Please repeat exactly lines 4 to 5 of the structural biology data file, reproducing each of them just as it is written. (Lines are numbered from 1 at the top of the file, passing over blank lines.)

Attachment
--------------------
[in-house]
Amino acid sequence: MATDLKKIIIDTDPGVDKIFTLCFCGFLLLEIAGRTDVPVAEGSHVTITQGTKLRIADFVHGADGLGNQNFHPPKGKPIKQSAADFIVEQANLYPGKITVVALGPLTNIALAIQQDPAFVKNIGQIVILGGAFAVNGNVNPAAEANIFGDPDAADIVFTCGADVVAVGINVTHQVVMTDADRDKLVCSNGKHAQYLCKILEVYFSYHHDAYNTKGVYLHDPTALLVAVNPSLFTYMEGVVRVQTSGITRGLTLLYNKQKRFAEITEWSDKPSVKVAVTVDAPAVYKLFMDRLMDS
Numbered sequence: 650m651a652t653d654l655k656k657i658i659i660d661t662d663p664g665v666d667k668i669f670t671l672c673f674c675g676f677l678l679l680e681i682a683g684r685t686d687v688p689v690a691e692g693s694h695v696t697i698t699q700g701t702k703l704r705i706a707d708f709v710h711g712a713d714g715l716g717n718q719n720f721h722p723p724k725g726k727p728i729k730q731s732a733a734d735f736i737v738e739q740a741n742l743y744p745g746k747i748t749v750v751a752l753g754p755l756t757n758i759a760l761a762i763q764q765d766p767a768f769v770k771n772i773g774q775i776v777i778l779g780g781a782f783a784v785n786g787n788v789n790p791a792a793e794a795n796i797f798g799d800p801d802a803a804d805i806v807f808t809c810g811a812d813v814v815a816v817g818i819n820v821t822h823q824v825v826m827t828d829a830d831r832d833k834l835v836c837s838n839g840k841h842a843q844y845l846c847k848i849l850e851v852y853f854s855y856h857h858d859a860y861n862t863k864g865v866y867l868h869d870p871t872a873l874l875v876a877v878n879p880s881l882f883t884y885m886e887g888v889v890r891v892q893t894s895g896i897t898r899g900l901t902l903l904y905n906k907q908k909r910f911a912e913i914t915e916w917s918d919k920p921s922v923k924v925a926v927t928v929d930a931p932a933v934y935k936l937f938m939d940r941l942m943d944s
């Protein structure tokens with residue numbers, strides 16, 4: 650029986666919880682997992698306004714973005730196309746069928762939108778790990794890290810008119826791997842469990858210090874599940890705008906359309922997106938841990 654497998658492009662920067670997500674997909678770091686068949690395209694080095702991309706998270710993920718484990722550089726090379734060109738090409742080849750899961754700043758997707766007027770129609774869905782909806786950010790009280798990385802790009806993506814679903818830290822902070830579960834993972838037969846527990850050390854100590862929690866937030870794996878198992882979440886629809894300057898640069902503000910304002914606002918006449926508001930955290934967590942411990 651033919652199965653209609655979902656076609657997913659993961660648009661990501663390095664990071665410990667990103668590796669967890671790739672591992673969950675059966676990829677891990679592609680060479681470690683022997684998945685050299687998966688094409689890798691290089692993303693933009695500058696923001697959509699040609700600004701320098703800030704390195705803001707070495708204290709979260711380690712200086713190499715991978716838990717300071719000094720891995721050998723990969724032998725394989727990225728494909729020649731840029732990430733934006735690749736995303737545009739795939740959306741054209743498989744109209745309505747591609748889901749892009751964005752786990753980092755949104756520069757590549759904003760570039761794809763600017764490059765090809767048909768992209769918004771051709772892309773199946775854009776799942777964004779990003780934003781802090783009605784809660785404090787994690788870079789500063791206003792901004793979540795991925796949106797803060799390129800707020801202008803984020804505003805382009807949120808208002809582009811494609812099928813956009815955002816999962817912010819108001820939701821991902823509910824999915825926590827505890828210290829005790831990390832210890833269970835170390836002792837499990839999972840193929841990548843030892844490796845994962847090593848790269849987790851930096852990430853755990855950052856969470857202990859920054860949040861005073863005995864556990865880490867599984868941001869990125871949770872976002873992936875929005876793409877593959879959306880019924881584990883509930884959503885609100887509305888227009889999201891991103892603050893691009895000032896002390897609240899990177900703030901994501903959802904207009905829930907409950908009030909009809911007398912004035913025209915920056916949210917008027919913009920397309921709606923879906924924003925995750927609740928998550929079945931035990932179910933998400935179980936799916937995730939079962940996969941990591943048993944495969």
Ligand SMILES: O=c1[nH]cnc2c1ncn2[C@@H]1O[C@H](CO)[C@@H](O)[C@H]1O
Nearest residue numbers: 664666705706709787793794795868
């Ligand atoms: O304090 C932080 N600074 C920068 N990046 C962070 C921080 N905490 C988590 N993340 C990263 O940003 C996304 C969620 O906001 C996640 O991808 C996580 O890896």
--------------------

């Protein structure tokens with residue numbers, strides 16, 4: 650029986666919880682997992698306004714973005730196309746069928762939108778790990794890290810008119826791997842469990858210090874599940890705008906359309922997106938841990 654497998658492009662920067670997500674997909678770091686068949690395209694080095702991309706998270710993920718484990722550089726090379734060109738090409742080849750899961754700043758997707766007027770129609774869905782909806786950010790009280798990385802790009806993506814679903818830290822902070830579960834993972838037969846527990850050390854100590862929690866937030870794996878198992882979440886629809894300057898640069902503000910304002914606002918006449926508001930955290934967590942411990 651033919652199965653209609655979902656076609657997913659993961660648009661990501663390095664990071665410990667990103668590796669967890671790739672591992673969950675059966676990829677891990679592609680060479681470690683022997684998945685050299687998966688094409689890798691290089692993303693933009695500058696923001697959509699040609700600004701320098703800030704390195705803001707070495708204290709979260711380690712200086713190499715991978716838990717300071719000094720891995721050998723990969724032998725394989727990225728494909729020649731840029732990430733934006735690749736995303737545009739795939740959306741054209743498989744109209745309505747591609748889901749892009751964005752786990753980092755949104756520069757590549759904003760570039761794809763600017764490059765090809767048909768992209769918004771051709772892309773199946775854009776799942777964004779990003780934003781802090783009605784809660785404090787994690788870079789500063791206003792901004793979540795991925796949106797803060799390129800707020801202008803984020804505003805382009807949120808208002809582009811494609812099928813956009815955002816999962817912010819108001820939701821991902823509910824999915825926590827505890828210290829005790831990390832210890833269970835170390836002792837499990839999972840193929841990548843030892844490796845994962847090593848790269849987790851930096852990430853755990855950052856969470857202990859920054860949040861005073863005995864556990865880490867599984868941001869990125871949770872976002873992936875929005876793409877593959879959306880019924881584990883509930884959503885609100887509305888227009889999201891991103892603050893691009895000032896002390897609240899990177900703030901994501903959802904207009905829930907409950908009030909009809911007398912004035913025209915920056916949210917008027919913009920397309921709606923879906924924003925995750927609740928998550929079945931035990932179910933998400935179980936799916937995730939079962940996969941990591943048993944495969």
Ligand SMILES: O=c1[nH]cnc2c1ncn2[C@@H]1O[C@H](CO)[C@@H](O)[C@H]1O